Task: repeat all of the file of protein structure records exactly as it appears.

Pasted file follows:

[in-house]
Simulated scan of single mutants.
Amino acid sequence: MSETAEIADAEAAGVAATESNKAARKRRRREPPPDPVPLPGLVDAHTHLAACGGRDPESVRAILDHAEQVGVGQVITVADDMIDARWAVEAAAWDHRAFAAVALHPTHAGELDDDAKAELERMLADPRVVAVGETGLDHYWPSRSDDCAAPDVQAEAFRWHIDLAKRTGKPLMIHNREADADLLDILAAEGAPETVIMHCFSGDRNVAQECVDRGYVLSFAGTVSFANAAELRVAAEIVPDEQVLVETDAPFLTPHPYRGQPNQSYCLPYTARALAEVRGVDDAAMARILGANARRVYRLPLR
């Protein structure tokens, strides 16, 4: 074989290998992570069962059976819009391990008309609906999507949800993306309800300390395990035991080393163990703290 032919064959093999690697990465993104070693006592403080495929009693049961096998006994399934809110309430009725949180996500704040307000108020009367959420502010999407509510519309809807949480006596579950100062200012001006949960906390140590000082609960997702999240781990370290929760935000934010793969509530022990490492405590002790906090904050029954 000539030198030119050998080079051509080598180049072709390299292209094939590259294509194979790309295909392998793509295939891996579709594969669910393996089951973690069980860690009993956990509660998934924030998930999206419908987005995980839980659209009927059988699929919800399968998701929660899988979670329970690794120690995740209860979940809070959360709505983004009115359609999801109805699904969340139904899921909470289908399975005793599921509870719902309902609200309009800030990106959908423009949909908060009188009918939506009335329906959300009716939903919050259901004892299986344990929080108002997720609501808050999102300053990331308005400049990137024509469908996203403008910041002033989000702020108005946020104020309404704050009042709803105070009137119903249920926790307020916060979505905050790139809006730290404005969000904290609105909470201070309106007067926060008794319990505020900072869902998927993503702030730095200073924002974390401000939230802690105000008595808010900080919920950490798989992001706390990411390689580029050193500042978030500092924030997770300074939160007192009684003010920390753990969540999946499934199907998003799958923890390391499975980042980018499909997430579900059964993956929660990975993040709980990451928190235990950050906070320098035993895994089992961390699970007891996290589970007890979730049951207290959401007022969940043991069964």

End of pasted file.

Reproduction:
[in-house]
Simulated scan of single mutants.
Amino acid sequence: MSETAEIADAEAAGVAATESNKAARKRRRREPPPDPVPLPGLVDAHTHLAACGGRDPESVRAILDHAEQVGVGQVITVADDMIDARWAVEAAAWDHRAFAAVALHPTHAGELDDDAKAELERMLADPRVVAVGETGLDHYWPSRSDDCAAPDVQAEAFRWHIDLAKRTGKPLMIHNREADADLLDILAAEGAPETVIMHCFSGDRNVAQECVDRGYVLSFAGTVSFANAAELRVAAEIVPDEQVLVETDAPFLTPHPYRGQPNQSYCLPYTARALAEVRGVDDAAMARILGANARRVYRLPLR
């Protein structure tokens, strides 16, 4: 074989290998992570069962059976819009391990008309609906999507949800993306309800300390395990035991080393163990703290 032919064959093999690697990465993104070693006592403080495929009693049961096998006994399934809110309430009725949180996500704040307000108020009367959420502010999407509510519309809807949480006596579950100062200012001006949960906390140590000082609960997702999240781990370290929760935000934010793969509530022990490492405590002790906090904050029954 000539030198030119050998080079051509080598180049072709390299292209094939590259294509194979790309295909392998793509295939891996579709594969669910393996089951973690069980860690009993956990509660998934924030998930999206419908987005995980839980659209009927059988699929919800399968998701929660899988979670329970690794120690995740209860979940809070959360709505983004009115359609999801109805699904969340139904899921909470289908399975005793599921509870719902309902609200309009800030990106959908423009949909908060009188009918939506009335329906959300009716939903919050259901004892299986344990929080108002997720609501808050999102300053990331308005400049990137024509469908996203403008910041002033989000702020108005946020104020309404704050009042709803105070009137119903249920926790307020916060979505905050790139809006730290404005969000904290609105909470201070309106007067926060008794319990505020900072869902998927993503702030730095200073924002974390401000939230802690105000008595808010900080919920950490798989992001706390990411390689580029050193500042978030500092924030997770300074939160007192009684003010920390753990969540999946499934199907998003799958923890390391499975980042980018499909997430579900059964993956929660990975993040709980990451928190235990950050906070320098035993895994089992961390699970007891996290589970007890979730049951207290959401007022969940043991069964």